Report finds discrimination persists among UK home workers

Remote work has remained popular for UK workers in general, but many minority workers feel it’s even more beneficial for them as it removes some of the discrimination and bias they face while working face-to-face.

However, while remote work has its benefits and has been shown to reduce workplace toxicity, it’s not the perfect solution.

A new report published by the Trade Union Congress (TUC) in conjunction with researchers at the University of Kent and King’s College London found that Black and Minority Ethnic (BME) employees in the UK still face levels of discrimination when it comes to home working.

home work UK

Many BME male workers in the UK do not even get the opportunity to work from home. (Photo by Ketut Subiyanto on Pexels)

This ranged from increased monitoring while working from home to fewer opportunities to even engage in remote working at all. 

“Given our research found that flexibility stigma and associated downsides of hybrid working can be disproportionately felt by BME workers, it is essential that employers take action to ensure that hybrid working is implemented in inclusive ways and address workplace racism,” the authors collectively suggested in their published report.


Not all flex work is equal

The paper started out by noting that BME workers disproportionately do not have opportunities to work from home. Even more, the issue has gotten worse in the “post-lockdown” era. 

They noted that this has influenced culture and perception somewhat, to the point where many BME workers may feel discouraged from even enforcing their right to ask for flexible work.

“The TUC believes this is partly down to occupational and sector segregation as BME workers are overrepresented in roles where work from home is not possible, but also experiences of racism in the workplace compounded by flexibility stigma,” the research team said. “This means BME workers may feel less able to ask and get flexibility.”


Stigma more greatly felt by BME workers

At the same time, while remote work is gradually becoming more normalised, stigma still exists in many cases.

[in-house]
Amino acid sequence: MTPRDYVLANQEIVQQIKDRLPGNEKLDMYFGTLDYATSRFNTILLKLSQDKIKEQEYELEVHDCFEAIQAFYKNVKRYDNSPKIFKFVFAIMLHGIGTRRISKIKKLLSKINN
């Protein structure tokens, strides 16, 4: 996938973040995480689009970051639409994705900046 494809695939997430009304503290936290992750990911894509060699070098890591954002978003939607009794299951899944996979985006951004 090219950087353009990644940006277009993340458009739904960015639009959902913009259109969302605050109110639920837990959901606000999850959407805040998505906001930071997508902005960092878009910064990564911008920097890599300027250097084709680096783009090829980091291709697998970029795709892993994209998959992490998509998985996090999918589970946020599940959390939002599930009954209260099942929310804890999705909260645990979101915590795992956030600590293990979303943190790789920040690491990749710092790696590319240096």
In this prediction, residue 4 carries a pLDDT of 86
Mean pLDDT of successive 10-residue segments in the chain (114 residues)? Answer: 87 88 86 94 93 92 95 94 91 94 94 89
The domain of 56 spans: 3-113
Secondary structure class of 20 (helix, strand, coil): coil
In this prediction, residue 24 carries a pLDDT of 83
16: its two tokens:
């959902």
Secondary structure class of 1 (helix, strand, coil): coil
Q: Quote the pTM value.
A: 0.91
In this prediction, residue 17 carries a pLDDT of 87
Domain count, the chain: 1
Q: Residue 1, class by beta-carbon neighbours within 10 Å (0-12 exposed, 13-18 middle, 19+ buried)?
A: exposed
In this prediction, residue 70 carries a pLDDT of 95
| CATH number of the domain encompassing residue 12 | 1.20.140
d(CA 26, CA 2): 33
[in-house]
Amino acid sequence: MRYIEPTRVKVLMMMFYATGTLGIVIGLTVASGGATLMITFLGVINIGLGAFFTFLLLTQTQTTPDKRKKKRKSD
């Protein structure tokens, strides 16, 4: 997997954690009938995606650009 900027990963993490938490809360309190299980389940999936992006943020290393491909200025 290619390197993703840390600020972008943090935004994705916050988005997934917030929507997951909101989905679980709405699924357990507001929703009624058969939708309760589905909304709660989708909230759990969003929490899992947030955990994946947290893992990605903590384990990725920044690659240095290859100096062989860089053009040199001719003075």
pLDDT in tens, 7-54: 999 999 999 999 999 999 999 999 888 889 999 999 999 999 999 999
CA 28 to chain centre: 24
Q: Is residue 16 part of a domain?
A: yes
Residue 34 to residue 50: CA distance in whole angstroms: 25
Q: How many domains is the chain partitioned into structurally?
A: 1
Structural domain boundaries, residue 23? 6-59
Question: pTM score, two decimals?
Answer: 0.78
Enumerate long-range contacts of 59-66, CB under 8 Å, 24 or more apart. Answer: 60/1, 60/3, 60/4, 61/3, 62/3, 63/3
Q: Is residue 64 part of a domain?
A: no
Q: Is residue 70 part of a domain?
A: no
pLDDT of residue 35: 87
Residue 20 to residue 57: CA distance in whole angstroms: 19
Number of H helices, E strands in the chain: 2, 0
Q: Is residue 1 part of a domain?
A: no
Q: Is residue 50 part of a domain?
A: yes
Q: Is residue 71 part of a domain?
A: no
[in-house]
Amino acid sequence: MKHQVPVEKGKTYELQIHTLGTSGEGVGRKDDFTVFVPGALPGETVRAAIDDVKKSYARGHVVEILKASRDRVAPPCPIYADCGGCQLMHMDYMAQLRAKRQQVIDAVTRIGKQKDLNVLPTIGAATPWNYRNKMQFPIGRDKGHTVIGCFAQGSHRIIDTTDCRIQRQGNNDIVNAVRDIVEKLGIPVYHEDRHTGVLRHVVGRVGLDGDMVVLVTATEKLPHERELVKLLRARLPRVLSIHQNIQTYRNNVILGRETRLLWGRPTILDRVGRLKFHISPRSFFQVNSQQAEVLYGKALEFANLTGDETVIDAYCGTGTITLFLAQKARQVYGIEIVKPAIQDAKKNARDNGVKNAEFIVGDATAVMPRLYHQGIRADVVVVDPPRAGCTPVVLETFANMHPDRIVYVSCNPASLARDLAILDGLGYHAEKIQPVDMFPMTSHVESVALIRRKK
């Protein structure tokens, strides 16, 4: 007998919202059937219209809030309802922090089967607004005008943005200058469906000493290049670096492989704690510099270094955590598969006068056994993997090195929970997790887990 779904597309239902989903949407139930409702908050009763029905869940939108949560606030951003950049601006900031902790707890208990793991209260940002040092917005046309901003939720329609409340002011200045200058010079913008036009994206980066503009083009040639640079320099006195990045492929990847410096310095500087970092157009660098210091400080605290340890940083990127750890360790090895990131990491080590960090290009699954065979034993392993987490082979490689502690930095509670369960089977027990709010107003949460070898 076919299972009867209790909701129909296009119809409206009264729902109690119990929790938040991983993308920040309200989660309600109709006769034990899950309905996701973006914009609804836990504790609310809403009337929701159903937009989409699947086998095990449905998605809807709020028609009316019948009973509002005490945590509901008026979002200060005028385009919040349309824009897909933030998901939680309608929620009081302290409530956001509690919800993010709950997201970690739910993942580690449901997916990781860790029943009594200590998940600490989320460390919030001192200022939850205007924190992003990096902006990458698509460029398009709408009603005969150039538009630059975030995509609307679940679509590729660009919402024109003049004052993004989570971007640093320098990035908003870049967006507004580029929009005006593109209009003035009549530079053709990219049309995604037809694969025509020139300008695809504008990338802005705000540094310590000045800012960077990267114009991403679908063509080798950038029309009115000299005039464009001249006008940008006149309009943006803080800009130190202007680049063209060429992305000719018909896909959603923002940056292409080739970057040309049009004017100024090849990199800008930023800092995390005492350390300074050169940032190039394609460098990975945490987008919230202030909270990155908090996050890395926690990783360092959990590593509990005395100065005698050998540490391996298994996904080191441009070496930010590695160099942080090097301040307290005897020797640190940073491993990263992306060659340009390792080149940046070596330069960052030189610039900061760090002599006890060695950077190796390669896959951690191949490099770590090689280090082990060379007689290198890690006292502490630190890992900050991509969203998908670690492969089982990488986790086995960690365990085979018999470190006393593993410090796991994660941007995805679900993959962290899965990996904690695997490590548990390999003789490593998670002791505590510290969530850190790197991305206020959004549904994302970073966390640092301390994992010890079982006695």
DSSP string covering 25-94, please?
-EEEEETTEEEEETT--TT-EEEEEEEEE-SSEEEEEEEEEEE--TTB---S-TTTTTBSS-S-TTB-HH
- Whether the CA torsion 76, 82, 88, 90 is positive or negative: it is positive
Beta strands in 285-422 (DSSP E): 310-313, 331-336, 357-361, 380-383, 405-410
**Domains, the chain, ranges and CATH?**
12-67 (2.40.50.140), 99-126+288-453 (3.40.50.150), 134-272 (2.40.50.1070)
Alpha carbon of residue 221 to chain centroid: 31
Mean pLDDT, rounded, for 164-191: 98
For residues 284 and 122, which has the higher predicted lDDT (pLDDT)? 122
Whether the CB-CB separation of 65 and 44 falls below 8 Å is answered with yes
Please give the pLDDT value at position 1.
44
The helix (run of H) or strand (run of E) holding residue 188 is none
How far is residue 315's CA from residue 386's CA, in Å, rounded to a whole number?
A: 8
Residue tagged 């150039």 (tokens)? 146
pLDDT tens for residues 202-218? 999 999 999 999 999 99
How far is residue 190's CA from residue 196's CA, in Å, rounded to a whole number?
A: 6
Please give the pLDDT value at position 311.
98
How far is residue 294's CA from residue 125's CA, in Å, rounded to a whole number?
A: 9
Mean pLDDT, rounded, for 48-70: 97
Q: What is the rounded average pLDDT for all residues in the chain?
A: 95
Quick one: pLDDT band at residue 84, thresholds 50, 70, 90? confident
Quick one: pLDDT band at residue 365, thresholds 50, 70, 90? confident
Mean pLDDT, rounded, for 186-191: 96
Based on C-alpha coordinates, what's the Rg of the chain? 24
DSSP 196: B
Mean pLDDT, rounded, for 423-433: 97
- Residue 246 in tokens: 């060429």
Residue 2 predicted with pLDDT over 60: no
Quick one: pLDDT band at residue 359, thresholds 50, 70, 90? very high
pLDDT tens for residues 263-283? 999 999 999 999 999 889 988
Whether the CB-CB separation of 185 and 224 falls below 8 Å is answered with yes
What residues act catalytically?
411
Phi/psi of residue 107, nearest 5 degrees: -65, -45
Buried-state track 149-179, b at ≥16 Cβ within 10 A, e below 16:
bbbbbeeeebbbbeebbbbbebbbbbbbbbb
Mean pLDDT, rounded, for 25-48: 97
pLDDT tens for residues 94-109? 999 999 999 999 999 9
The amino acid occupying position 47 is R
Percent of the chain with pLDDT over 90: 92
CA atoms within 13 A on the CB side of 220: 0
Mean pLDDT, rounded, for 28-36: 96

home work UK

Remote work is not a solution for workplace discrimination. (Canva photo)

This stigma has been found to lead to “negative consequences such as micromanagement and monitoring, longer working hours or feeling the need to perform digital presenteeism.” 

“In addition, both the stigma and negative consequences of it can be exacerbated for BME workers due to the additional experiences of workplace racism,” they said.

Even in this case, instances of discrimination were intersectional and overlapping.

Researchers found “BME colleagues were more likely to be subject to monitoring in comparison to white colleagues, showing how negative practices associated with home working could be applied more heavily to Black workers.”


Remote work not a solution for discrimination

The research emphasised that while remote work has its benefits and is widely favoured among the workforce, it’s not a solution for workplace racism or discrimination — although it was found to decrease the severity of negative behaviours faced.

Rather, researchers said employers must make an effort to “have good policies, practices and cultures” to support effective home working.

“Our research finds that access to and experiences of home/hybrid are inherently linked to other forms of discrimination at work, in this case workplace racism, and that well-designed hybrid working is essential to avoid exacerbating discrimination and also to promote equality,” they said.

Find the latest remote jobs in the UK via


Comments are closed.